There's been some great work going on around studio this week, with the hit of inspiration from international field trips across the year groups. We're loving the energy that's in studio right now! Unit D's Trip to Athens // Viviana Roberti As part of our "Exclusion | Inclusion" brief, Unit D set for a deep exploration of the city of Athens, where our main project is set. This brief includes us (the designers) and challenges us to become activists to enable the Greek community to overcome austerity and economic crisis conflicts through our designs. Besides visiting high-end landmarks and areas of interest, we were asked to conduct an analysis not only of the place but of the people that inha
This week the studio has been very quiet without the undergraduate students, who are all away on field trips! Stay tuned for updates on where they've been. Looking to the week ahead, final year masters students have their cross crits this week - where students review each other's work - so have a look around the studio on Thursday to see what everyone is up to. At OSA we're getting started on putting the magazine together, and we're so excited to see everyone's work! Keep up to date with us on facebook and instagram for updates on the launch. What's On Disappear Here - RIBA London - Ending this week! OGS Crawford, Life in Photographs - Pitt Rivers Museum - Ending this week! Moving Image Prin
Donald Insall Associates are a practice that specialise in conservation and historic architecture. They demonstrated that depth of skill at their lecture, taking us through the details of the Palace Hotel, part of their work on Regents Street for the Crown Estate. The building was originally an Edwardian hotel; the largest in Europe when it opened with a thousand rooms. It was designed for use by the middle class, and was at first hugely popular, but it fell out of fashion after the first world war. As the area around it degenerated, the operator of the hotel lost its ability to run the business, and returned the building’s 100 year lease to the Crown Estate for regeneration. Originally, the
This week, there has been so much activity both in the studio and out, through design, making, photography and more. It's been great to see - have a look at the highlights. DS3 Trip to Georgia // Luis Lopez Leon 3, 2,1 takeoff! Destination: Georgia, and DS3's exciting and eventful trip to this largely unknown and forgotten country. Our site for the year is Anaklia, a small Georgian village that, bathed by the waters of the Black sea, is located right in the border with Abkhazia, a de facto state controlled by Russia since 2008. Whilst the country has had a hard time reconfiguring itself after the collapse of the Soviet Union in 1991, the aggressive neoliberalist reforms implemented by the go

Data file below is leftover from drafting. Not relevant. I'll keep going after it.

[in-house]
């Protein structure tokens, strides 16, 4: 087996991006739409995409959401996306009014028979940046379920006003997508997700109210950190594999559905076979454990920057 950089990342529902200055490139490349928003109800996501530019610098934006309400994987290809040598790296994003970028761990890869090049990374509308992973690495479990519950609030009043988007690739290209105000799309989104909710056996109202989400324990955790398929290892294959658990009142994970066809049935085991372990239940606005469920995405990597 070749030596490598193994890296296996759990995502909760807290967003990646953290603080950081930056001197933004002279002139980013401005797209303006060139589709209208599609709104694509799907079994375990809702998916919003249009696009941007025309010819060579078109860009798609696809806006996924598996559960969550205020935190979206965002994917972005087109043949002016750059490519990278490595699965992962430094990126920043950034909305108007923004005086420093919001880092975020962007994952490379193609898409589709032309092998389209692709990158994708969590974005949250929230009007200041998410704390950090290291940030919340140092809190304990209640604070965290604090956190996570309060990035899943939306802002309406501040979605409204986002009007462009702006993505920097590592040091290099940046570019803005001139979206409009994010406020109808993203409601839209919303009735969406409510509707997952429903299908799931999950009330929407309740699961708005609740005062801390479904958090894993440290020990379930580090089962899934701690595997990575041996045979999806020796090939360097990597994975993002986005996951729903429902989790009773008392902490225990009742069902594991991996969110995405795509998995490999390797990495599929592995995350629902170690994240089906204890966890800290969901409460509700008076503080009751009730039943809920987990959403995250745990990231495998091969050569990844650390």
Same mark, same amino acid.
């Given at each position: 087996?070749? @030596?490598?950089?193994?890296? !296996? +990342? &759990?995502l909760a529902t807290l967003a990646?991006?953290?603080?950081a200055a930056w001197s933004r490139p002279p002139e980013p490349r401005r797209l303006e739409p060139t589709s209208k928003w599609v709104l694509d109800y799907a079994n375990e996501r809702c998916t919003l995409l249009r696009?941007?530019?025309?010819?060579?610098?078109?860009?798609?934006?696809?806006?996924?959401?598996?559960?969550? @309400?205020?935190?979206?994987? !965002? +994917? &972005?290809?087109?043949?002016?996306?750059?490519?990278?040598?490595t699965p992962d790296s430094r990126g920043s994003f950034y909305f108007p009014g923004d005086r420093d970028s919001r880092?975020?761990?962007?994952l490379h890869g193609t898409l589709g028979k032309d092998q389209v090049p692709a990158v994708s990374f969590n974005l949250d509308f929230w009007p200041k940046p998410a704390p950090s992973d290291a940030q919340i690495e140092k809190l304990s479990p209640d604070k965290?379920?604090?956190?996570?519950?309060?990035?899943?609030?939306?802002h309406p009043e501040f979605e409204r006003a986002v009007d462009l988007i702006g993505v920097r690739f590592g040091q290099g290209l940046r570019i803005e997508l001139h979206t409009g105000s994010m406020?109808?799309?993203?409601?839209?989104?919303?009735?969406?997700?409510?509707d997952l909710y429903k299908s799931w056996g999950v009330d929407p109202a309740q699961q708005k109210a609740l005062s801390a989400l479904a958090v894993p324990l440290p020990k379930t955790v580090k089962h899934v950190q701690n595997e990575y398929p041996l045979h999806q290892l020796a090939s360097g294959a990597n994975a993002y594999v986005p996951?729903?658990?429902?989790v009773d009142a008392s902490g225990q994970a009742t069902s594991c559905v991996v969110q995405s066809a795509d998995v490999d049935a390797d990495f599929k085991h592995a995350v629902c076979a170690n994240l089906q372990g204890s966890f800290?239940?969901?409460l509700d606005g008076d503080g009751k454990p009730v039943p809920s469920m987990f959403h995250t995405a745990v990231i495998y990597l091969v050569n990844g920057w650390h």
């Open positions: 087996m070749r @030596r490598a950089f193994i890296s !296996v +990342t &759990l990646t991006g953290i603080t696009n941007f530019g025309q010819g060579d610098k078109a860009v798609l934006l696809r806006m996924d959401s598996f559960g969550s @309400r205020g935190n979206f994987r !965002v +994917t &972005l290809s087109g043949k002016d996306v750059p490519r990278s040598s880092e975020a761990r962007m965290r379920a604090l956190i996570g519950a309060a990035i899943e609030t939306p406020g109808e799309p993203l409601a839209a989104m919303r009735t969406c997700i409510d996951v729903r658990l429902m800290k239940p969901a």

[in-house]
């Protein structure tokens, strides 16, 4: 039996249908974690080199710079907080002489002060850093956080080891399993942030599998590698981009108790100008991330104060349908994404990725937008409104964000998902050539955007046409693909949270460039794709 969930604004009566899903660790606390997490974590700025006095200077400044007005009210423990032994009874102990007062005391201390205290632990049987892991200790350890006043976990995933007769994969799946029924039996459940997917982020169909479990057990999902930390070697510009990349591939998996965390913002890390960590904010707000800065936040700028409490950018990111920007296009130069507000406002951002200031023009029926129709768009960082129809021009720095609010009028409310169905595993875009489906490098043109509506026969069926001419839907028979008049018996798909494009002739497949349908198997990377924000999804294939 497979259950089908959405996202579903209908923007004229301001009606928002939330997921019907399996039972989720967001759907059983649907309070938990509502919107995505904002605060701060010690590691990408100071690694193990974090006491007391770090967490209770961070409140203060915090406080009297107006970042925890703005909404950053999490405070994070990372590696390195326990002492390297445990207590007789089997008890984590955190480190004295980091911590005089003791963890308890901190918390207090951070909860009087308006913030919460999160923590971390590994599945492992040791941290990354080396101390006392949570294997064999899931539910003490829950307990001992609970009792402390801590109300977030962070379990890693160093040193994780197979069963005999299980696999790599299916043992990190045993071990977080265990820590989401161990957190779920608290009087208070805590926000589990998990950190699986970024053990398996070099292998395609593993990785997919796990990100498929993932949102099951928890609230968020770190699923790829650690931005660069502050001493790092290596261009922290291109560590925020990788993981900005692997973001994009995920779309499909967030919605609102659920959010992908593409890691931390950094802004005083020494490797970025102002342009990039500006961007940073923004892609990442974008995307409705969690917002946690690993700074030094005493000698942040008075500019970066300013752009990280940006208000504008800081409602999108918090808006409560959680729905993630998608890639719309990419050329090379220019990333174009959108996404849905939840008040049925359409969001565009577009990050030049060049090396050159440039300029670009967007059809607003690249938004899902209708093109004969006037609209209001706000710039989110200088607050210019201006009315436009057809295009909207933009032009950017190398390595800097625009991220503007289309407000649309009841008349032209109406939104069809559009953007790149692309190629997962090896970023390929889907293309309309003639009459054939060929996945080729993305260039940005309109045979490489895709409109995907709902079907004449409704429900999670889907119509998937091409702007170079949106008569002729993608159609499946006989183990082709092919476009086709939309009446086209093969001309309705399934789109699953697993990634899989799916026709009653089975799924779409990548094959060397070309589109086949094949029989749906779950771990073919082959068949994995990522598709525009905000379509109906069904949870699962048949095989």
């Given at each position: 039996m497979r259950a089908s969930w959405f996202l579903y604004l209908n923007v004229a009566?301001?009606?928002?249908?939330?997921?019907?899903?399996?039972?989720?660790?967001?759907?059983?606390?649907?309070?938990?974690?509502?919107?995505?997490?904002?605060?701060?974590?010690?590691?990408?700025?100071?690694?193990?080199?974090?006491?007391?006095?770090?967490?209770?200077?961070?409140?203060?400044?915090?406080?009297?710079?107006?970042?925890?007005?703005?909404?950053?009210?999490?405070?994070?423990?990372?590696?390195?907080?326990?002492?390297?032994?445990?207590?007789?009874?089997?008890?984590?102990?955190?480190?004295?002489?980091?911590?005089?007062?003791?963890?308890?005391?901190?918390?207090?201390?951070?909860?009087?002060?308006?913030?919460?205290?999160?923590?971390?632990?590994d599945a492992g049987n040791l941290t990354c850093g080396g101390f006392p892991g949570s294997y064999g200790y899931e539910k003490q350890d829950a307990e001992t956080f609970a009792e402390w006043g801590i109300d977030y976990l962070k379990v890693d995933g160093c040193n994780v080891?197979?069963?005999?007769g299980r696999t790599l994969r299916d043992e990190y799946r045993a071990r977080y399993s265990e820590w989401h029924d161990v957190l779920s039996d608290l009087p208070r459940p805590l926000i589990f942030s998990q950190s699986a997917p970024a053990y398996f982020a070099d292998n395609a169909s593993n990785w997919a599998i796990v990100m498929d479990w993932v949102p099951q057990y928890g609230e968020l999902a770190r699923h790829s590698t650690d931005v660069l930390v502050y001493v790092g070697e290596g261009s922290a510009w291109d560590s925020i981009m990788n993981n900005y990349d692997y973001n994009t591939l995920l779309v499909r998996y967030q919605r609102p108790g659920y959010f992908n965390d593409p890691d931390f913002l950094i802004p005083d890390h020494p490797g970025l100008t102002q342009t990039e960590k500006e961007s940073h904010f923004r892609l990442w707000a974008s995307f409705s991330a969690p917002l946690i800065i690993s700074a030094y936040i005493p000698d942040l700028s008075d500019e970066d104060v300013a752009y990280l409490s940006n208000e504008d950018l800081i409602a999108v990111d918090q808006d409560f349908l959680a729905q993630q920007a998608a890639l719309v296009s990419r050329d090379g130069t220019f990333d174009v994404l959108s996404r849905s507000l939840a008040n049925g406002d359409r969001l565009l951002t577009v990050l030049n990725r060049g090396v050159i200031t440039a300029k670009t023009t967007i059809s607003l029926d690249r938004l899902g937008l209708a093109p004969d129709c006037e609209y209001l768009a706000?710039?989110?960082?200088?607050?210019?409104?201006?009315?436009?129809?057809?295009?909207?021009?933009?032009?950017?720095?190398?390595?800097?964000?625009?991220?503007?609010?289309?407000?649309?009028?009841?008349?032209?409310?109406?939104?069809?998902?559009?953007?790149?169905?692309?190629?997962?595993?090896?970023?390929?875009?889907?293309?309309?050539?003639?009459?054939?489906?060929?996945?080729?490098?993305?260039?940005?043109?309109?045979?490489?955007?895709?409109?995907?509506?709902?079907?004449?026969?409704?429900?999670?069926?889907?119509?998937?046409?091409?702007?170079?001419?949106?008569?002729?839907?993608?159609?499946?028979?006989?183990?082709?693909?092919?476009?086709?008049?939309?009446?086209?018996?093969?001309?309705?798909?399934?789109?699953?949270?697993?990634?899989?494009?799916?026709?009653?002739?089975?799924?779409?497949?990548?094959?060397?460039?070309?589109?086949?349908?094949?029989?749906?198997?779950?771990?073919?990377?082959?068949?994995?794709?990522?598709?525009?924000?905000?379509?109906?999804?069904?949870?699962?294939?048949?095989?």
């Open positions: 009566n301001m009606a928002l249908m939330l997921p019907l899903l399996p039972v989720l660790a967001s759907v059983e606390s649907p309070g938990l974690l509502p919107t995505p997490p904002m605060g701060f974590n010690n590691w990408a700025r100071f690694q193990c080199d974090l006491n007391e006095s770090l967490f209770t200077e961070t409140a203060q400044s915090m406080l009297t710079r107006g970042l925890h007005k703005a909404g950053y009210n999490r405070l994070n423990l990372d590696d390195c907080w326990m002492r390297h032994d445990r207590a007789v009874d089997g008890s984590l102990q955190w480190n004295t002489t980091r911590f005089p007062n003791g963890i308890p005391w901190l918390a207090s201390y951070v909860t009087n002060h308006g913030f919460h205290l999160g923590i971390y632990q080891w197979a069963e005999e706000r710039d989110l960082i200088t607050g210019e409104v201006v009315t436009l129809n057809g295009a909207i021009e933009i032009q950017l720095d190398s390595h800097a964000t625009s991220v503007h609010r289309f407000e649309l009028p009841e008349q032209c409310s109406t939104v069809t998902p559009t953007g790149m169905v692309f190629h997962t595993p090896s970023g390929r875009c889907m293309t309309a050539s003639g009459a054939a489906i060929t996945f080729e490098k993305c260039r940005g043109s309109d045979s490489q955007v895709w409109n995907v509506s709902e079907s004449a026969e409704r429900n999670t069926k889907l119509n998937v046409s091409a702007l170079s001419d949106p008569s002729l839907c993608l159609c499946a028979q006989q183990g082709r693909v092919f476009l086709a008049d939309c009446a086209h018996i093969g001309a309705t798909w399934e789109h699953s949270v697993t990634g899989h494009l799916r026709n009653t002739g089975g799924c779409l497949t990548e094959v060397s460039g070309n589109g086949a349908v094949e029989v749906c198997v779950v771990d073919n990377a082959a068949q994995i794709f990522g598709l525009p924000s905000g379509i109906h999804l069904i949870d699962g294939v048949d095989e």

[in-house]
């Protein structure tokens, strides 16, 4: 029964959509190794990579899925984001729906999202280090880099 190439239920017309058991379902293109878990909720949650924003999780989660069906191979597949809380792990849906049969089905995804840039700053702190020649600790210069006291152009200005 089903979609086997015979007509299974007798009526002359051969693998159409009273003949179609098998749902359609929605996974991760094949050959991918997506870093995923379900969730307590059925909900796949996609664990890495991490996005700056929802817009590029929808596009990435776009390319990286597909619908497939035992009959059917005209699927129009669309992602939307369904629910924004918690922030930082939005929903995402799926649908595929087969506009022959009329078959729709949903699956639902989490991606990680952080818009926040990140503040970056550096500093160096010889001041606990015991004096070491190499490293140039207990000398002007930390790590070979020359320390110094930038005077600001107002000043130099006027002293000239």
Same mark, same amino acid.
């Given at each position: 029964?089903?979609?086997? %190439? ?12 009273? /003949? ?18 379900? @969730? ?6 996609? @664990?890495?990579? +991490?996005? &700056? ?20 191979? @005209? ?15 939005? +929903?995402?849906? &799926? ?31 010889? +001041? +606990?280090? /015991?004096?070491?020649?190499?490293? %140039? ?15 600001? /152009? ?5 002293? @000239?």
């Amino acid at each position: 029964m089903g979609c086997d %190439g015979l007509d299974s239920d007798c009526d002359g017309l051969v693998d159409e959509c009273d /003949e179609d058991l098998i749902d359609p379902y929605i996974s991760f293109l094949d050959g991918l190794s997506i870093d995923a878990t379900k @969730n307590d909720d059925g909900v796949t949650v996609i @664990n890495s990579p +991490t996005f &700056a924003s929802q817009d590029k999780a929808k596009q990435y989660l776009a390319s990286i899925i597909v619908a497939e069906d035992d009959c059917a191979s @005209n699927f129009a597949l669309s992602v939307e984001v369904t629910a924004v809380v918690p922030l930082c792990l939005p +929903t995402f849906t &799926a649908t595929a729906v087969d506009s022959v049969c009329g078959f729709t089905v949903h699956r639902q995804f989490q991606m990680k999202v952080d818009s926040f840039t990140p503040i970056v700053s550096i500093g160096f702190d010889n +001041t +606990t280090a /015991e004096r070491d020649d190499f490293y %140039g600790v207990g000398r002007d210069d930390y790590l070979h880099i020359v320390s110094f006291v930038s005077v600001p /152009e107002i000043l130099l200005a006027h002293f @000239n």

We're now at the half way point to Christmas - and isn't the term going by quickly! The first international field trips have returned, and we cannot wait to hear back from them. Not only that, but the OSA Ritual deadline is nearing, and the team is so excited to see everyone's work. DS4 Trip to Skopje, Macedonia// Rob Goacher DS4 have just returned from the maddening city of Skopje, Macedonia. This intense place is an unapologetic montage of architectural styles and typologies from an Ottoman old city to a modernist urban core - designed by an international team after the 1963 earthquake flattened 70% of the city - to the kitsch neoclassical buildings, facades and statues of the past decade.
Takero Shimazaki Architects, a London based and design focused practice, presented by the Takero himself, former Brookes studio tutor and current diploma tutor at London Metropolitan University. The lecture centered around one of the practices most recent projects and one that Takero feels exemplifies the practices ethos and design process. The recurring theme being the poetry of architecture and the struggles that one must sometimes endure to deliver a vision. Tiverton house is a two storey new build in place of the client's existing carport to the rear of the main house. A tight site with height restrictions pushed the design into the ground, and the locality next to a railway meant that s